Congrats, you’re expecting! You’re excited about the tiny bundle of joy growing in your womb, and you’re reading through the Google search results to prepare for this new adventure. You planned out the music to play when laboring (Enya is relaxing). You have your stretchy pants picked out for post-labor comfort, and are plotting out which brand of lavender aromatherapy you’ll use to ease your labor pains. You may also be planning to breastfeed.
This is where I burst your bubble. The number one rule of parenthood that you will soon learn is that you can’t plan for everything, and, most of the time, you can’t really plan for much of anything.
No matter how many adorable, organic cotton onesies you order from that boutique you fell in love with on that trip to Laos, your baby will spit up on all of them and you will end up buying cheap onesies in bulk. You may end up taking all the medicine you said you’d never take during labor or welcome baby into the world via a C-section.
And your plans might go out the window when you’re faced with real-time decisions that you didn’t think to Google. Breastfeeding is one of those things that might not always go as planned.
And yet, as with many of the surprises parenthood brings, I’m here to tell you it will be okay.
Many expecting moms want to breastfeed. After all, society says breast is best, but few people tell you just how hard it can be. And no one stops to think that using hyperboles like “liquid gold” to describe breast milk is a huge disservice to the many who end up not being able to or who really don’t want to breastfeed.
You might have a nurse in the hospital who puts baby on your nipple and tries to teach them how to latch. But when it’s 2 a.m. and your 1-day-old baby is screaming with hunger and you’re not producing enough milk to satisfy them (and baby is not remembering the lesson from the nurse earlier in the day), the whole breastfeeding thing can feel less like the euphoric bonding experience you preemptively imagined and more like a gut-wrenching impossibility that makes you want to rip all of your hair out of your head.
But you refrain from ripping all of your hair out of your head. Mostly because too many other parts of your body already hurt. And that would require more energy than you have.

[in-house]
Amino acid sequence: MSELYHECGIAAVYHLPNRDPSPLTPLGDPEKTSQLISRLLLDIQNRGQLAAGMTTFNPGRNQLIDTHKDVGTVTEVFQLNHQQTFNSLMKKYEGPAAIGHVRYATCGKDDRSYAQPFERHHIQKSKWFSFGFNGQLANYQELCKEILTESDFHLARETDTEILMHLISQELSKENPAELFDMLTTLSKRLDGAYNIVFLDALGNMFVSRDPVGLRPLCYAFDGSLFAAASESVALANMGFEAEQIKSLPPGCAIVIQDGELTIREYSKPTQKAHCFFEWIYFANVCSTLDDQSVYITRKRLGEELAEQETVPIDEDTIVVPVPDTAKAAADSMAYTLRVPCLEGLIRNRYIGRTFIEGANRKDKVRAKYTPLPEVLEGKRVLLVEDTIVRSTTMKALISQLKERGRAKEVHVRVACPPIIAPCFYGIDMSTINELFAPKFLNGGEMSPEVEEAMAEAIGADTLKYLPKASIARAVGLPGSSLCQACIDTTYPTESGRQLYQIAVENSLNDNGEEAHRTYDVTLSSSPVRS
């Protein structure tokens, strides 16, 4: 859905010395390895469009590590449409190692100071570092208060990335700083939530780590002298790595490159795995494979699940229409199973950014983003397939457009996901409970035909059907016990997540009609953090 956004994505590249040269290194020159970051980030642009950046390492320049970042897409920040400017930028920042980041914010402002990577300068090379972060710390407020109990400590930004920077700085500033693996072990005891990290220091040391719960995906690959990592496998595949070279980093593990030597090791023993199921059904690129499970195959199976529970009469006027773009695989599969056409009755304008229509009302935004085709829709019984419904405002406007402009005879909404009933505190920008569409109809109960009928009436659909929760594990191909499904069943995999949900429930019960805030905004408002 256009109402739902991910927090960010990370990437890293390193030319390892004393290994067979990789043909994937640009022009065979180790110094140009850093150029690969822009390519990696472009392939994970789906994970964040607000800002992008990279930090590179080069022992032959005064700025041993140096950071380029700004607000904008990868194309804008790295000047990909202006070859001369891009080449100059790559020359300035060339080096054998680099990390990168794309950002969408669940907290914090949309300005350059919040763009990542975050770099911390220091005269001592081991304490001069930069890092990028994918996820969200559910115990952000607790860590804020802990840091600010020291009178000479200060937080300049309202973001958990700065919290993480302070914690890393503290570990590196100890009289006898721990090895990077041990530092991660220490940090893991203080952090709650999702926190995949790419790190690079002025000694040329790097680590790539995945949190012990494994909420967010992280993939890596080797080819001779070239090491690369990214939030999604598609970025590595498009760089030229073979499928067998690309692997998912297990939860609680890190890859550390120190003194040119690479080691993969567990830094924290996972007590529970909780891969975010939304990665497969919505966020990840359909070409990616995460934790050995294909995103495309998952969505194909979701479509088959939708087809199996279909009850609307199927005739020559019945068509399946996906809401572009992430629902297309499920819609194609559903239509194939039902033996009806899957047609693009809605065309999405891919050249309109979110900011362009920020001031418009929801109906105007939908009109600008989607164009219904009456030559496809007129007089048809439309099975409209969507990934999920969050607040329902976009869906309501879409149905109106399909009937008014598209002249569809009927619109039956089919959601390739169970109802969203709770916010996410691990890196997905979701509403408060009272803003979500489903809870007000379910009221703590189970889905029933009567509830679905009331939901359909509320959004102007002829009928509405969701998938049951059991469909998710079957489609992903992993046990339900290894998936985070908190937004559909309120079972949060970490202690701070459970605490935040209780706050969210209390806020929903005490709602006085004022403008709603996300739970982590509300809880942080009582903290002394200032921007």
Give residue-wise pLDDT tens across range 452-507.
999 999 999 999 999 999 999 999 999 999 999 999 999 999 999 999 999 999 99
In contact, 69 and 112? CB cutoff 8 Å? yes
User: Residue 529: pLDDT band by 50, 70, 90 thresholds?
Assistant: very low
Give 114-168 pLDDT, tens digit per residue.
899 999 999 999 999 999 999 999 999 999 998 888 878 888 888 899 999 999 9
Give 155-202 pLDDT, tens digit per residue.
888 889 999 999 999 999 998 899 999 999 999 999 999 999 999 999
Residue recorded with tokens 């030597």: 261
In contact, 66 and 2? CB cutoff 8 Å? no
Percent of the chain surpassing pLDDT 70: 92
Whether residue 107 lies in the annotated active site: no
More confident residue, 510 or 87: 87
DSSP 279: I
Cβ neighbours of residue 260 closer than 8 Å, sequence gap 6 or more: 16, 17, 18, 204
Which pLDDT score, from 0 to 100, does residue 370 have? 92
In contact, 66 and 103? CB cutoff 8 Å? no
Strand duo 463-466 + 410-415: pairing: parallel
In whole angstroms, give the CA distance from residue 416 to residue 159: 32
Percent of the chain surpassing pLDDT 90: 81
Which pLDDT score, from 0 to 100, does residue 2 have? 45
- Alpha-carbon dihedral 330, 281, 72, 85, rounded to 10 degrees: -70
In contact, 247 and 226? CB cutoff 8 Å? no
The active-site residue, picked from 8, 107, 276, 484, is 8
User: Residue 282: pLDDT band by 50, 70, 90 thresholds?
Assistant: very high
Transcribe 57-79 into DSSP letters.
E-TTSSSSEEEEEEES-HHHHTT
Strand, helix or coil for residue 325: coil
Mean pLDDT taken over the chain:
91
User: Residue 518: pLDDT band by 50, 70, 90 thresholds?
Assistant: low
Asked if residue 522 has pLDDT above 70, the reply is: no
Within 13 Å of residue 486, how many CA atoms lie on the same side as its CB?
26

You might take all the herbs and pay all the certified lactations consultants and attend all the La Leche meetings, and yet, it’s still not happening. Maybe baby isn’t latching. Maybe it simply doesn’t feel good. Maybe your breast milk doesn’t agree with baby. Maybe you bought all the pumping accoutrement and try all of the elimination diet suggestions until you’re practically eating just lettuce and iced water exclusively, but baby is still gassy and fussy and sick. Maybe you just don’t want to breastfeed. It’s your body, after all. They’re your precious breasts.
You have a right to do what you want with them and you shouldn’t feel pressure to use them to nourish the next generation if that makes you feel uncomfortable. Or if you have to return to work sooner than Mother Nature intended and you don’t want to risk leaking during important meetings, or stopping to pump every three hours. All of these things happened to me, and they happen to a lot of us. And it’s not the end of the world.
So I’m here to tell you it’s okay if breastfeeding doesn’t work out.
I know you may feel shame or a sense of failure. You may fear that your baby will get more ear infections, or be overweight, or that you won’t bond as strongly, or they’ll miss out on all of the other benefits of breastfeeding.
I experienced all of the feelings of guilt and remorse when breastfeeding didn’t work out for me and my little one. I felt like I did something wrong and was failing my child. But the truth is whether you breastfeed or formula feed, it’s unlikely to have a discernible effect on your child’s long-term health or wellbeing. In fact, studies indicate breastfed babies do not have a cognitive advantage over other children.
Worrying about the fact that you’re a failed breastfeeder could, though, have a negative impact on your own mental health. One study found that women who planned to breastfeed but were not able to were twice as likely to suffer from postpartum depression as women who were able to feed their babies as planned.
So how do you deal with these feelings? Perspective helps. There are generations of human beings, namely the majority of those born in the decades of the ’50s, ’60s, ’70s, ’80s, and even ’90s, who were exclusive formula babies. Our moms didn’t breastfeed because they were taught formula was the preferred, “healthier” alternative, and it didn’t require tiny humans hanging off their bodies all day, which must have been a revelation at the time.
Social pressure to breastfeed places undue pressure on new moms to produce or fail your baby. It comes from online forums and social media groups, and even from doctors and other professionals. I have seen new moms going to great lengths to avoid supplementing with formula, out of the misguided belief that it’s somehow wrong or because they’d been made to feel that doing so would mean “throwing in the towel.”
All that matters is that baby gets fed. It doesn’t matter how that happens. Whether you feed your baby breast milk or formula, the only thing that’s important is that baby is getting the nourishment they need.
When I finally gave up trying to feed my baby my milk, I ended up donating nearly 1,000 ounces of pumped milk to a mom who wasn’t able to produce her own milk and had a sick, underweight baby who could only tolerate breast milk.
In the end, I was able to feed my healthy baby with formula that suited him best, and I helped someone else’s baby thrive. When I was finally able to get over my guilt and disappointment in not being able to breastfeed, I realized that some might not call that a failure at all; in fact, some might see it as twice as successful.
This story originally appeared on Apparently.